If you have a long-term investment strategy and can afford to leave your money invested for many years, the stock market can be a good place to put that money. The stock market is subject to wild swings in the short term, but over the long term it can be a good investment. You can increase the odds that your investment will grow by learning as much as you can about the stock market before you put your money at risk. Wall Street uses its own unique language, and savvy investors know that learning that terminology is critical to their success.
Pick up several quality financial publications at your local newsstand, or read them at your favorite library. There are a number of excellent publications related to the world of money, including magazines like Kiplinger's Personal Finance, Fortune and Money Magazine, and daily newspapers like Investors Business Daily and the Wall Street Journal.
Read these financial publications on a regular basis to get used to the language used by Wall Street investors and stock market professionals. Look up any unfamiliar words on financial websites like Yahoo! Finance and CNN Money. The more you can learn about the terms stock brokers and other Wall Street professionals use, the better off you will be.
Turn to the stock tables in your favorite financial publications, and review the headings at the top of each column. Each stock table contains a wealth of information, and interpreting that data can make you a better investor.
Start at the leftmost column in the stock table; this contains the stock ticker symbols. Each company has its own assigned ticker symbol, and that is the symbol used to buy and sell the stock. The stock tables are sorted by a ticker symbol rather than company name, so you will need to know the ticker symbol for any company you want to track. You can look up the ticker symbol by the name of the company on the Internet at any financial website.
Examine the next column in the stock table. This column lists the last closing price of the stock, and is often labeled "Last Close" or "Closing Price." The subsequent columns list the previous close of the stock and the price change from that previous close. Some stock tables also include the high and low trading price of the stock for the previous day.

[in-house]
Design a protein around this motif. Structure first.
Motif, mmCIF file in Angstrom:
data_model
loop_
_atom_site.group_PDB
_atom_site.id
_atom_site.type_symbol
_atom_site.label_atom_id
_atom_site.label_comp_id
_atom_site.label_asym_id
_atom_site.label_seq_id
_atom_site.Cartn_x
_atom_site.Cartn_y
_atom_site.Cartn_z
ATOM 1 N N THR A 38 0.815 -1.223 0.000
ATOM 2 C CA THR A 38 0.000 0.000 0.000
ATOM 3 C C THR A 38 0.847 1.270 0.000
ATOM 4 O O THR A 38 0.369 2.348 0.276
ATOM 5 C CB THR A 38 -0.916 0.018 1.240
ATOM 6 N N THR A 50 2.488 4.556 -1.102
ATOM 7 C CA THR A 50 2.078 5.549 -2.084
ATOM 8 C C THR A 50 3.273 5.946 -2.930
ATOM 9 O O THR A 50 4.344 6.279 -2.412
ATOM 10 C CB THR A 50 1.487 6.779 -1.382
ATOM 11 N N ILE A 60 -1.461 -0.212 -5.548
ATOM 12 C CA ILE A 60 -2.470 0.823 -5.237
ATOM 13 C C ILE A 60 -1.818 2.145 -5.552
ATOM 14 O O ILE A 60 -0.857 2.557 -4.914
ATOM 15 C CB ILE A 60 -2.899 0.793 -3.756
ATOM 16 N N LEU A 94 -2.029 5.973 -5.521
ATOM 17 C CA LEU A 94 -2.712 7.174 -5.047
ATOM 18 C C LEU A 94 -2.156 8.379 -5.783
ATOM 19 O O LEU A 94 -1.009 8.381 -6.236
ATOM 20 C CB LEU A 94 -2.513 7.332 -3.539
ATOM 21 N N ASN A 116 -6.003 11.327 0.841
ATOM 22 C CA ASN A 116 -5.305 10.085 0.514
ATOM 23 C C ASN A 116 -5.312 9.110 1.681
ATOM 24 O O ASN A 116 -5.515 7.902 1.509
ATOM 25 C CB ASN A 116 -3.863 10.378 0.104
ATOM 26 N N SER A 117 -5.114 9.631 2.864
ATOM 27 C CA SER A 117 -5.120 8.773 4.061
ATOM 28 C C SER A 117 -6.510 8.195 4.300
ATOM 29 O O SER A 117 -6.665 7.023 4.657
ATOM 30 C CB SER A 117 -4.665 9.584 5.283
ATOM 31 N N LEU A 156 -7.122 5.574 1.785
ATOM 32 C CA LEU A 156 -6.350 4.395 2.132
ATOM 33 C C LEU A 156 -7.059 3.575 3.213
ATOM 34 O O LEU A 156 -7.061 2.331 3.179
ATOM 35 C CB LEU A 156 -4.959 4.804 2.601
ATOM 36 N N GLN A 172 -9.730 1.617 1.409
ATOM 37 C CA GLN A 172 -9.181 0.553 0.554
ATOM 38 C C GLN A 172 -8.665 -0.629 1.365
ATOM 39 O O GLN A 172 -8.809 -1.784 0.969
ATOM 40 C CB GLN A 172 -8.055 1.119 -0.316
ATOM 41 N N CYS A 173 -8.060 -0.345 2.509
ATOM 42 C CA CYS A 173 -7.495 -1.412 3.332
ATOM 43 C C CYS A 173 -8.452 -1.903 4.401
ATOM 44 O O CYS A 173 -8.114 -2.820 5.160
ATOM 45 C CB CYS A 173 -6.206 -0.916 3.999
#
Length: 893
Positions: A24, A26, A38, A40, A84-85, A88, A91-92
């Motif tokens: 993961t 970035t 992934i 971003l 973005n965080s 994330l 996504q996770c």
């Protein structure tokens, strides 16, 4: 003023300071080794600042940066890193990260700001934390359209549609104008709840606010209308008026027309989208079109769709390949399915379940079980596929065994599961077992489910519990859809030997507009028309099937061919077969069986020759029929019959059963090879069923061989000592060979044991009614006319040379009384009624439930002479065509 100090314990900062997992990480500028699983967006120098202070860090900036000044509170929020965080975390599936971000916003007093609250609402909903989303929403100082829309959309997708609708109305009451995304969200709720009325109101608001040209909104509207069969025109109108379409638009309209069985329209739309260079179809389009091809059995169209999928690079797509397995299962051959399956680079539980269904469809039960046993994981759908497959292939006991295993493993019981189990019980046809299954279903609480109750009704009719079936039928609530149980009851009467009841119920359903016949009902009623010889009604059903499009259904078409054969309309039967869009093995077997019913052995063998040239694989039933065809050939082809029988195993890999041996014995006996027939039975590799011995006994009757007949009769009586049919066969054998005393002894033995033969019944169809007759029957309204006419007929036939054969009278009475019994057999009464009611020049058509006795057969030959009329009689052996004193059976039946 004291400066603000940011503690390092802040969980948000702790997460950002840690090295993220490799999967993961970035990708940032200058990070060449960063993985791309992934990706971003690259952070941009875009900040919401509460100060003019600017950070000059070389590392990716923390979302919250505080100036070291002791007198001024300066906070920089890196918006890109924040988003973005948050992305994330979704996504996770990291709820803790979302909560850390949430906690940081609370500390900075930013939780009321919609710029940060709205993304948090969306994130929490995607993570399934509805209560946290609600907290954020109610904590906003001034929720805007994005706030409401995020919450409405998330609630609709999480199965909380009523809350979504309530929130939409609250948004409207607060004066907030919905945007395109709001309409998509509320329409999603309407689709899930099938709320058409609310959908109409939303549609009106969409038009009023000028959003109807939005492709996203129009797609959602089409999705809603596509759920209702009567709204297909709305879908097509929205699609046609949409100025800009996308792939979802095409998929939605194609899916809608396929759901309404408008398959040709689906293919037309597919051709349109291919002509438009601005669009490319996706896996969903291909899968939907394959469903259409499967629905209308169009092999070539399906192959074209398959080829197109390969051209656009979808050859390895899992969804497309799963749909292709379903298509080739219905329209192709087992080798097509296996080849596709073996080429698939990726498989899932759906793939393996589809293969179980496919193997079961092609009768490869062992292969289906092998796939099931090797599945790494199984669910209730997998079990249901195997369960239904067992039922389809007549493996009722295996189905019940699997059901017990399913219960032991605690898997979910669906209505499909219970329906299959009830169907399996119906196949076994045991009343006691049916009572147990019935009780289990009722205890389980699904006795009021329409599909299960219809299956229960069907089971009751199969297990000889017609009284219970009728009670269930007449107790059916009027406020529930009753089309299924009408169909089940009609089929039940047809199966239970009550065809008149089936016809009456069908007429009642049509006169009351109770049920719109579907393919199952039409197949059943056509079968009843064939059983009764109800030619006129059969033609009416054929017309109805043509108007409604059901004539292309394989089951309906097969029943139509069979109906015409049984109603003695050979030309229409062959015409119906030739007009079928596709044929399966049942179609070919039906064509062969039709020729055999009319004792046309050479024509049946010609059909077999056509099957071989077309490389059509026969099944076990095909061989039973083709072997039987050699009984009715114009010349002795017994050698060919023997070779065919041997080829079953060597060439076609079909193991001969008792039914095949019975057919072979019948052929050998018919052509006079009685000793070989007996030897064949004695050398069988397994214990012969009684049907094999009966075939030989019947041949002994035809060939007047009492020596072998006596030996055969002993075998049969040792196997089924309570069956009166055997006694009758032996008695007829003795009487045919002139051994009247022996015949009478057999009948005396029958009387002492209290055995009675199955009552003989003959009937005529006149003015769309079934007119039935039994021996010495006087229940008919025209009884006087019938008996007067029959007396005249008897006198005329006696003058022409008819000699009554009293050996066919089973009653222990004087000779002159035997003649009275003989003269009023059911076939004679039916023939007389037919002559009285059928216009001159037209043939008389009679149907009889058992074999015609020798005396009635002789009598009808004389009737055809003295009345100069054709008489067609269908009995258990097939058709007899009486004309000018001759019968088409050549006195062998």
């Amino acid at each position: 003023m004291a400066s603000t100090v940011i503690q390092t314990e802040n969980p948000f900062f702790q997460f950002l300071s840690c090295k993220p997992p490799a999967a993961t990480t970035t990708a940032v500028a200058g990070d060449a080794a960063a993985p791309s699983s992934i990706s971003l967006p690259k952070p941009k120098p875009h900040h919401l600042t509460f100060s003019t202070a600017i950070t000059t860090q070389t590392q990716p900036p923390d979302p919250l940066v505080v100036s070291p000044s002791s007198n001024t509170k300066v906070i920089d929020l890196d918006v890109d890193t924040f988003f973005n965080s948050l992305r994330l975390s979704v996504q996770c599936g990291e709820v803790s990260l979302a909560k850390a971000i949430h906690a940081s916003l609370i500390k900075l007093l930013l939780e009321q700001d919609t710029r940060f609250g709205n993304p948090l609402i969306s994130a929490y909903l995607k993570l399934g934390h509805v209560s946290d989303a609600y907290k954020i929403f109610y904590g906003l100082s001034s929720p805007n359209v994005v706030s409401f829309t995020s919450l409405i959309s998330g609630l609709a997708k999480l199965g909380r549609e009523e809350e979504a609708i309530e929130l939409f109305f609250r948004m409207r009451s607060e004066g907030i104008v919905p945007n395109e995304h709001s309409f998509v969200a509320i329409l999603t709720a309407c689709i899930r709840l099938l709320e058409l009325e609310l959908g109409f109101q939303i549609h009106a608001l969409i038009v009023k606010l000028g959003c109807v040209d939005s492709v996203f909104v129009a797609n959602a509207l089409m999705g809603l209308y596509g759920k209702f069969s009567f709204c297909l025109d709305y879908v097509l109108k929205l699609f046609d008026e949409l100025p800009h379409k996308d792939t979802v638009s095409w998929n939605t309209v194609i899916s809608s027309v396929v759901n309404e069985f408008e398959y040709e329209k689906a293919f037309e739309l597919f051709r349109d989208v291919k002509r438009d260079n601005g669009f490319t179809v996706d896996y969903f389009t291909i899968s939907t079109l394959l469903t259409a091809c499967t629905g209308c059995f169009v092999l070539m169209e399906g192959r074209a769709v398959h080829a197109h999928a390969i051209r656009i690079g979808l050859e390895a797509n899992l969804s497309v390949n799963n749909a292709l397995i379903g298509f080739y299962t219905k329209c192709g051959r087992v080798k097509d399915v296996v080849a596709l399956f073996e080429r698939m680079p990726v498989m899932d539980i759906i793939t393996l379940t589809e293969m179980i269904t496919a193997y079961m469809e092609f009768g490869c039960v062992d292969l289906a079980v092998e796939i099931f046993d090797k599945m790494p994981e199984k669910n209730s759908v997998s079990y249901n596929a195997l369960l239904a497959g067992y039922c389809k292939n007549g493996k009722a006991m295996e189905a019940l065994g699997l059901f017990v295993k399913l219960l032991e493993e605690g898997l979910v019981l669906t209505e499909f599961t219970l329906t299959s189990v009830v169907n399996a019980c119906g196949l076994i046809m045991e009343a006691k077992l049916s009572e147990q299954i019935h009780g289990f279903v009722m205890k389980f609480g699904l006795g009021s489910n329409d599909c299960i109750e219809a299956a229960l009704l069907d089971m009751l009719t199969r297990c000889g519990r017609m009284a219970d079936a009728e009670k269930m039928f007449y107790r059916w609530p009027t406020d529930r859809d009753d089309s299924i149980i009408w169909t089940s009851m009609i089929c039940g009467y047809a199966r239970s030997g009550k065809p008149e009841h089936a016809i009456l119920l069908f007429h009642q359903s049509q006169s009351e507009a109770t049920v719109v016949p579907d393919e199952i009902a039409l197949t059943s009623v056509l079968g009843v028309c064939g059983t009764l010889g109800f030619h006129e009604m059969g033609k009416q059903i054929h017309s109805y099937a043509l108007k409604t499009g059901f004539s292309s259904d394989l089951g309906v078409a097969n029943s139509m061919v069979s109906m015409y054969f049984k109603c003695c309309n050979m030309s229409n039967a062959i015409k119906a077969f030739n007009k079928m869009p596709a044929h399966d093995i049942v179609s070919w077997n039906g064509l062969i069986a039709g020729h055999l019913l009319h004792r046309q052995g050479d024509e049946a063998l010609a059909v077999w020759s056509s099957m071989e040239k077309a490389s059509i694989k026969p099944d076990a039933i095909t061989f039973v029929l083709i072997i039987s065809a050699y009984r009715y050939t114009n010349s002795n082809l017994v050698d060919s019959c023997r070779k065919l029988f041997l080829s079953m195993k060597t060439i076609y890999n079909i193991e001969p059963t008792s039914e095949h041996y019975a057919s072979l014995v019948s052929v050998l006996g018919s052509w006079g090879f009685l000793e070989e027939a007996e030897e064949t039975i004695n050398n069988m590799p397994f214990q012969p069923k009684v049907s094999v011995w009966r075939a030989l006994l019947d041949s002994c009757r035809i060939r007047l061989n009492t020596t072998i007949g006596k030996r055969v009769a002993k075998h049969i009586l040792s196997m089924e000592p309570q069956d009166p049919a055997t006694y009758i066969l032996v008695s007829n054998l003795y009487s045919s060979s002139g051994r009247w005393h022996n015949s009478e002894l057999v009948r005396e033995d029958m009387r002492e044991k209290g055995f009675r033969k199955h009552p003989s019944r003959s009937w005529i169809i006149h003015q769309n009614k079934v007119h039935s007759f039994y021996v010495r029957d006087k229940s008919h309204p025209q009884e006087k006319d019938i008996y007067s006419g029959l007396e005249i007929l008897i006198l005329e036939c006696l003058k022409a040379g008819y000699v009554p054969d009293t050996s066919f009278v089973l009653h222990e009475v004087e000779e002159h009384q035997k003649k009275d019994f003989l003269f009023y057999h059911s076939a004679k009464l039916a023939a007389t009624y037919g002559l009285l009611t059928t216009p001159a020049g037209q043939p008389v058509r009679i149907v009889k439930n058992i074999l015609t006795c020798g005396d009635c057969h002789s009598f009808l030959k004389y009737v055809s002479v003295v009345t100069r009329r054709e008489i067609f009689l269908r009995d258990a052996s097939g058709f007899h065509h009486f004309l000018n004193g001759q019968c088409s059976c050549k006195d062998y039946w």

Locate the column headings are labeled "52 Week High" and "52 Week Low." The 52 week high and low gives you a good idea of how volatile a particular stock has been. A low spread between the 52 week high and low indicates that the stock is not very volatile, while a wide trading range indicates a high level of volatility.
Look for a column labeled "EPS" or "Earnings." This is the earnings per share for the stock. Also look for a column labeled "P/E." This is the price/earnings ratio of the stock. This rate is calculated by dividing the current price of the stock by the earnings per share. For instance, a stock with a selling price of $26 and earnings per share of $2 has a P/E ratio of 13. If the EPS and PE columns show as "N/A," the company has no earnings and operates at a loss.
Locate the columns labeled "Div" and "Div. Yld." These columns show the dividends paid by the company and the dividend yield. Dividend yield is calculated by dividing the purchase price of the stock by the annual dividend rate. For instance, a company with a selling price of $20 and an annual dividend rate of $1.00 has a dividend yield of 5 percent.
Based in Pennsylvania, Bonnie Conrad has been working as a professional freelance writer since 2003. Her work can be seen on Credit Factor, Constant Content and a number of other websites. Conrad also works full-time as a computer technician and loves to write about a number of technician topics. She studied computer technology and business administration at Harrisburg Area Community College.